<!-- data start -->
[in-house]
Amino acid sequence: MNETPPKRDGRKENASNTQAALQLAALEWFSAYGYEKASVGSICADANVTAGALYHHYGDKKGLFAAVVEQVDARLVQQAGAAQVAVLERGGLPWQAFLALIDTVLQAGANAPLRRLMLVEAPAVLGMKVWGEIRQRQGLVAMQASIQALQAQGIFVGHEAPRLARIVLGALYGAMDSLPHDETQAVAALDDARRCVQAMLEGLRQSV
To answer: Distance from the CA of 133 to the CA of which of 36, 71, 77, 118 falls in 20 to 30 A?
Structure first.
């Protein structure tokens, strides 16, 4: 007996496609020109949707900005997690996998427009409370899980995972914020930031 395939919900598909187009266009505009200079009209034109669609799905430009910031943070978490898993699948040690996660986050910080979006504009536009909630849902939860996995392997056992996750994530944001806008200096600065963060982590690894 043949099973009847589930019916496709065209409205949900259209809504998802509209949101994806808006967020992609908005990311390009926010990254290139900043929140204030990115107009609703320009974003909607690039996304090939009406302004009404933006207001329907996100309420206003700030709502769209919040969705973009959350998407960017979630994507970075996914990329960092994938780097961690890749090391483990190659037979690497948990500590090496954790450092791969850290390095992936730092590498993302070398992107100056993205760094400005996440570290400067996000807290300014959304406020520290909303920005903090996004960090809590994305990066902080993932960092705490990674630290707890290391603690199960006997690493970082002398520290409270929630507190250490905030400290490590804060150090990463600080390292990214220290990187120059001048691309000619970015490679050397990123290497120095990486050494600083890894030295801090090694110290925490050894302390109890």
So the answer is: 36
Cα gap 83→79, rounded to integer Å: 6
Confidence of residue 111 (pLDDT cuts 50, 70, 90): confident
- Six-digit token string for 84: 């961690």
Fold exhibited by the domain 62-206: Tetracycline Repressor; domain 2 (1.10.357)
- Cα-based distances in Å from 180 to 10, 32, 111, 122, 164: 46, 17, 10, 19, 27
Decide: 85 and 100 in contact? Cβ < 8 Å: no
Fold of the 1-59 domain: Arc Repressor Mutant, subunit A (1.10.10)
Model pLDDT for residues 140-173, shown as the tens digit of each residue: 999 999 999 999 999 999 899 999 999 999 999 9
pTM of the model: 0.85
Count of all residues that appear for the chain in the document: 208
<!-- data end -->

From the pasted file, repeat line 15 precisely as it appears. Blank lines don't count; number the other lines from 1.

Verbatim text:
pTM of the model: 0.85